Heritage Florida Jewish News - Central Florida's Independent Jewish Voice

By Christine DeSouza
Assistant Editor 

They have come-it's time to build


Lori and Moshe Erlich

It was bashert – meant to be – that fateful day when Lori and Moshe Erlich happened upon Rabbi Michael Boyden and his wife as they were taking a walk in their hometown, Hod Hasharon, Israel. Earlier that day, Lori read an article about a synagogue in Raanana the rabbi had raised money to build in memory of his son only to have it snatched from his grasp at the last moment.

At that time, Lori promised him if they reached their dream of having a permanent home for a Reform/Conservative congregation in Hod Hasharon, it would bear his son's name.

It is no small task to construct a building for a Reform congregation in Israel. For one thing, in Israel, even though there are some Reform and Conservative synagogues, the only Jewish religion recognized is Orthodox Judaism. And unlike Orthodoxy, Reform and Conservative institutions are not supported financially by the Israeli government. In Hod Hasharon there are 60 Orthodox synagogues on public land but NOT ONE Reform/Conservative synagogue.

"That is why it is so important to us to establish-with a building-the existence of a non-Orthodox congregation in our city," said Lori.

However, this challenge is not daunting to the Erlichs, and Rabbi Michael Boyden, who 12 years ago founded the Reform congregation Kehilat Yonatan that has seen the likes of 4,500 people meet together for Shabbat services, High Holiday services, educational and cultural events and currently has 1,300 connected families in Hod Hasharon, a city of about 50,000. These meetings and services are held in rented facilities and they have a vision to build a permanent facility that will house this growing congregation, as well as the Sharon Center for Jewish Studies that hosts a weekly lecture series on Jewish themes led by authors and artists such as Amos Oz and Haim Beer. This education, cultural center and synagogue will open the doors to religious pluralism in Hod Hasharon-enabling secular Israelis to connect with their Jewish heritage, and encourage deeper bonds between Israeli and Diaspora Jews. They have the people, they need to build the facility to house everything.

Last June, a small crack in the door to fulfilling this dream opened when the mayor of Hod Hasharon granted 20,000 square feet of public land to Kehilat Yonatan to build their center. However, Kehilat Yonatan must come up with $30,000 and architectural plans by December or the city can withdraw their offer. Then, by next June they must show that the entire amount needed to begin building is available for use, that's an estimated $2-$3 million for a sanctuary, social hall, classrooms for adult education and a preschool.

In Hebrew, Lori explained, Reform is called Progressive, and the services feel more like a Conservative service in America-a little more traditional.

"There is a Conservative congregation here, they call themselves Traditional!" Lori said.

Unlike in America where Judaism can be expressed in so many forms, Israelis see Jewish life as two poles-secular or religious (Orthodox).

"Stop an Israeli on the street not wearing a kippah and ask him 'Are you a Jew?' and he will say 'Yes.' Ask him if he observes services or keeps kosher, and he will say 'No.' Then why are you a Jew? His answer is 'Because I'm Israeli. I was born a Jew,'" Moshe explained.

As soon as Progressive came those who called themselves secular were introduced to Jewish traditions they'd never experienced before.

When Kehilat Yonatan held its first High Holiday services back in 2001, there was standing room only. With the Gaza conflict going on, the Erlichs were shocked at how many people came to services to say prayers for Israel and to receive spiritual strength to help relieve the stress everyone was experiencing.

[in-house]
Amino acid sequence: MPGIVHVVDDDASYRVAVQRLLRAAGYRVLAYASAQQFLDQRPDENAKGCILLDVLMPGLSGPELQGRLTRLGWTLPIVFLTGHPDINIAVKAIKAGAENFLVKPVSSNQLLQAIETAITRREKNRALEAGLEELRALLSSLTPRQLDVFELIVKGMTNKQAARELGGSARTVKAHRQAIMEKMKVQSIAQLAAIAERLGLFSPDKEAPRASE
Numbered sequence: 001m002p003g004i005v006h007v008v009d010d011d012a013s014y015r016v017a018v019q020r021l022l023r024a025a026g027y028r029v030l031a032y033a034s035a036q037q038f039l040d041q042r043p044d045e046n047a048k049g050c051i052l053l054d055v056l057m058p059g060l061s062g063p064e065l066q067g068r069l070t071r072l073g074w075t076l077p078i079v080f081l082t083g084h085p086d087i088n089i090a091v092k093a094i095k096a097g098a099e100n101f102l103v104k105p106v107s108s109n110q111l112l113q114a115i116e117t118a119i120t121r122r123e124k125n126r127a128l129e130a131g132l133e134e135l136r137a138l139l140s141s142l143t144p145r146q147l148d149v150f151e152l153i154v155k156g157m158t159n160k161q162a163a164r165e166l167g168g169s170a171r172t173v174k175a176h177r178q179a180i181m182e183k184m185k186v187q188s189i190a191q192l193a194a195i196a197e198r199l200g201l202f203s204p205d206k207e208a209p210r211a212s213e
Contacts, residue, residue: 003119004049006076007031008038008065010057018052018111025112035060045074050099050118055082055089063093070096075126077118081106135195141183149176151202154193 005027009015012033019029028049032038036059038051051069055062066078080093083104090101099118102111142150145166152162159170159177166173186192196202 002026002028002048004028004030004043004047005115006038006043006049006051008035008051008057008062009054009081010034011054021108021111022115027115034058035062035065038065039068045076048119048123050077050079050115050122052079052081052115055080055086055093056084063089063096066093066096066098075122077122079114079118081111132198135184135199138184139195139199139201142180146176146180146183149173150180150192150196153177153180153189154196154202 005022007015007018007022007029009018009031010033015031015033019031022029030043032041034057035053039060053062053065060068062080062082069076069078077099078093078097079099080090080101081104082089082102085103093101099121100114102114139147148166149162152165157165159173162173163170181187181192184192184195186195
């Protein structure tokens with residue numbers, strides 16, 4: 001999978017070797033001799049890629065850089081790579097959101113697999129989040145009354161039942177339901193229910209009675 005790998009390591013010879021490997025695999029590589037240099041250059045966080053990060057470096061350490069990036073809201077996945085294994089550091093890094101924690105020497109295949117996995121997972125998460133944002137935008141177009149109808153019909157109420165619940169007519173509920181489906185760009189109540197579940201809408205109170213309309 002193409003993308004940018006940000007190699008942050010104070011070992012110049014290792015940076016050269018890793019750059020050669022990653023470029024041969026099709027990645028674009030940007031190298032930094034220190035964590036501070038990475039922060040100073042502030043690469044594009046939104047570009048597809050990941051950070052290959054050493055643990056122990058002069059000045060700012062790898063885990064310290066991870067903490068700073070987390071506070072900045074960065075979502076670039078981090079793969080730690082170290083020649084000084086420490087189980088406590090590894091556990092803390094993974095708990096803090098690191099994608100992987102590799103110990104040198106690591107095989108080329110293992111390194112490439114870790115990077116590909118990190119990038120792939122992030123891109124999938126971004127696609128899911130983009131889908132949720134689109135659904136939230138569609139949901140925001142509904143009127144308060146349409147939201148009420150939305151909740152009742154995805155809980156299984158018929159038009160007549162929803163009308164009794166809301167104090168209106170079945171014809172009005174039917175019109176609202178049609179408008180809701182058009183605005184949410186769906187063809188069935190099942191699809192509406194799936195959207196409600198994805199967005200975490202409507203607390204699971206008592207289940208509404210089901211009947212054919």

"Had we not started Kehilat Yonatan they would not have anywhere to go," Lori stated. "To me, that says it all. We've given a spiritual pluralistic home to Jews who otherwise wouldn't have it."

With the Gaza conflict and the ever-sounding red sirens throughout the country –including Hod Hasharon, which is just 10 miles north of Tel Aviv, fundraising efforts were put on a back burner.

Realistically, Kehilat Yonatan congregants can raise about $100,000. Lori said they hope to receive 90 percent from overseas donors. "We hope to raise some of this from major donors in Israel. However, this has never been undertaken by any Reform or Conservative congregation before," she stated.

How does this major undertaking affect Central Florida? Many in the Jewish community remember Lori as Lori Stein, daughter of Arnold and Nira Stein. The family was active in the Jewish community and Congregation of Liberal Judaism, as it was called then, where her father served as president for many years. Nira owned The Source, the only Judaica shop in the area (other than the gift shops in each synagogue).

Lori and Moshe were recently here in Central Florida to celebrate her parent's 60th wedding anniversary, not on a fundraising trip. However, a meeting with Rabbi Engel at CRJ, led to a meeting with The Heritage where she shared her Israeli communities' need for a building.

"We haven't started fundraising and I don't know how to do it because in Israel the focus is on the IDF. However, if we don't get this thing off the ground, our social existence is going to go away," implored Lori. "We believe there should be a place where Jews in Diaspora can come to Israel and feel there is a place they can relate to."

Growing up, Lori and her family made three trips to Israel to visit Nira's family. During the second trip, when Lori was 12, she knew Israel was where she wanted to make her home.

"I was a little girl, but I knew this was my place," she said. "I felt immediately at home." On a walk out and about at midnight during that trip, her dad asked her "How do you feel?"

"Great!" she responded.

"Have you ever been outside at midnight?" he inquired.


"Why not? Don't you feel scared?" he asked.

"No. It just felt right." Lori told him. And even now she feels safe-maybe even more so she said. "That's my place and where I belong and that's why I need to do everything in my power to see that Kehilat Yonatan has a permanent home."

Lori attended the Alexander Muss High School in Israel when she was 16. She returned to the states and went to Florida State University and spent her junior year at Tel Aviv University where she met Moshe.

"I was following feet (shadowing), and Moshe thought I was trying to pick him up! So we started dating and 10 months later we came here and he asked my dad for my hand and we're still dancing today!" Lori said with a laugh.

They were married at CLJ where the singing duo, Bob and Annetta sang "Eretz Israel Yafah," (a very popular Israeli dance and song) for their first dance as man and wife.

In 1983, Lori and Moshe moved to Israel where Lori got her master's degree at Tel Aviv University in marketing. She'd received her bachelor's at FSU in economics and international affairs.